• Additive factors refers to having a situational awareness of the cumulative effect of variables (conditions, etc.).
  • Human factors refers to the limitations of the ability of the human body and mind to adapt to the work environment (e.g. stress, fatigue, impairment, lapses of attention, confusion, and willful violations of regulations).
2. Balance your resources.

This refers to balancing resources in three different ways:

  • Balancing resources and options available. This means evaluating and leveraging all the informational, labor, equipment, and material resources available.
  • Balancing Resources versus hazards. This means estimating how well prepared you are to safely accomplish a task and making a judgement call.
  • Balancing individual versus team effort. This means observing individual risk warning signs. It also means observing how well the team is communicating, knows the roles that each member is supposed to play, and the stress level and participation level of each team member.
3. Communicate risks and intentions.
  • Communicate hazards and intentions.
  • Communicate to the right people.
  • Use the right communication style. Asking questions is a technique to opening the lines of communication. A direct and forceful style of communication gets a specific result from a specific situation.
4. Do and debrief. (Take action and monitor for change.)

This is accomplished in three different phases:

  • Mission Completion is a point where the exercise can be evaluated and reviewed in full.
  • Execute and Gauge Risk involves managing change and risk while an exercise is in progress.
  • Future Performance Improvements refers to preparing a “lessons learned” for the next team that plans or executes a task.


  1. Reduction of operational loss.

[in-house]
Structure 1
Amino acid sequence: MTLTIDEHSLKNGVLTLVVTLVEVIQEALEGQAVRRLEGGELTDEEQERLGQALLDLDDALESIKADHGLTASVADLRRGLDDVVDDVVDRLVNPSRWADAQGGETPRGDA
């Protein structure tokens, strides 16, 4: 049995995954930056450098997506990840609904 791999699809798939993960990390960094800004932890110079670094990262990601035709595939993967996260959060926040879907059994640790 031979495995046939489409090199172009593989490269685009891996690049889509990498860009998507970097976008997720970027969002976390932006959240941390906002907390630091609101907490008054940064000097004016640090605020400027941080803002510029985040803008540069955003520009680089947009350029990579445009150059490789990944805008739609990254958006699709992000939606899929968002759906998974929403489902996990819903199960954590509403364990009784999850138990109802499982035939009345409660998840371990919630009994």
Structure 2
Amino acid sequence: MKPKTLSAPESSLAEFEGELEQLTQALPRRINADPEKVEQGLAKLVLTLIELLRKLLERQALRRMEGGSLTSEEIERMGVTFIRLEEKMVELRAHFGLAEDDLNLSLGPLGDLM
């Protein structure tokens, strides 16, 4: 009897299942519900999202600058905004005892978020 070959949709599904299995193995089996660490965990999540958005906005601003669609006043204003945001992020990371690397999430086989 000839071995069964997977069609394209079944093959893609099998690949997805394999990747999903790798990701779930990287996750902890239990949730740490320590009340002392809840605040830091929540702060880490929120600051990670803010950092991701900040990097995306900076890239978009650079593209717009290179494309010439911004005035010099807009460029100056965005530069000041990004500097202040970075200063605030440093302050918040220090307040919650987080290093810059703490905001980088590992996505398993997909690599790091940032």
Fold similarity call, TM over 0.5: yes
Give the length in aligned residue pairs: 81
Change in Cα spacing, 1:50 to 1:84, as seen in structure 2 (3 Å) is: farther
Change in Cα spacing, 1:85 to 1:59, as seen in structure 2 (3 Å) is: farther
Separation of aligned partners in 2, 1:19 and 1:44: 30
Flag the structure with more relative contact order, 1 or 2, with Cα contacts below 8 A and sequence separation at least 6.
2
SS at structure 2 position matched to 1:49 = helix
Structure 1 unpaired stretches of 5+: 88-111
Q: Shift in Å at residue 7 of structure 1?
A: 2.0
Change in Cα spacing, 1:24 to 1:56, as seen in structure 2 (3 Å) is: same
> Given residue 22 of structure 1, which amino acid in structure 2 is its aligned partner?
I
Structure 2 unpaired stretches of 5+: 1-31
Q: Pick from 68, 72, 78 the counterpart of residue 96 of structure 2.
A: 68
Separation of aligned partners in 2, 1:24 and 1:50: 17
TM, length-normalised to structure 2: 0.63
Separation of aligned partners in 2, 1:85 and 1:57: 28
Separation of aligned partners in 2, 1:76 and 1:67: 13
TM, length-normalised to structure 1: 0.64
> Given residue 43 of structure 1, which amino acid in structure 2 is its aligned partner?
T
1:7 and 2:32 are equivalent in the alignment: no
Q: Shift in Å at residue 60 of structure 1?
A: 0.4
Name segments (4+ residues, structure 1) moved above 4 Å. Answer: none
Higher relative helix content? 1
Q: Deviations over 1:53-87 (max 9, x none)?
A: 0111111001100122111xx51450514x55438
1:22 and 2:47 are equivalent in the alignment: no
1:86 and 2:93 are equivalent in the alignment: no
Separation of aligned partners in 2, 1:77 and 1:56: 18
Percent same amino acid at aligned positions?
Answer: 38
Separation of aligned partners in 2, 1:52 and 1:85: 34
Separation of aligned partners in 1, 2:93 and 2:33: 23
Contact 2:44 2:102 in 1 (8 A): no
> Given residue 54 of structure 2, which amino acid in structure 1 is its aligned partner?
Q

2. Lower compliance/auditing costs.
  3. Early detection of unlawful activities.
  4. Reduced exposure to future risks.

Chief Operational Risk Officer

The role of the Chief Operational Risk Officer (CORO) continues to evolve and gain importance. In addition to being responsible for setting up a robust Operational Risk Management function at companies, the role also plays an important part in increasing awareness of the benefits of sound operational risk management.

Most complex financial institutions have a Chief Operational Risk Officer. The position is also required for Banks that fall into the Basel II Advanced Measurement Approach “mandatory” category.


The impact of the Enron failure and the implementation of the Sarbanes–Oxley Act has caused several software development companies to create enterprise-wide software packages to manage risk. These software systems allow the financial audit to be executed at lower cost.

Forrester Research has identified 115 Governance, Risk and Compliance vendors that cover operational risk management projects. Active Agenda is an open source project dedicated to operational risk management.

See also




External links

Credit risk
Market risk
Operational risk
Modeling Basic concepts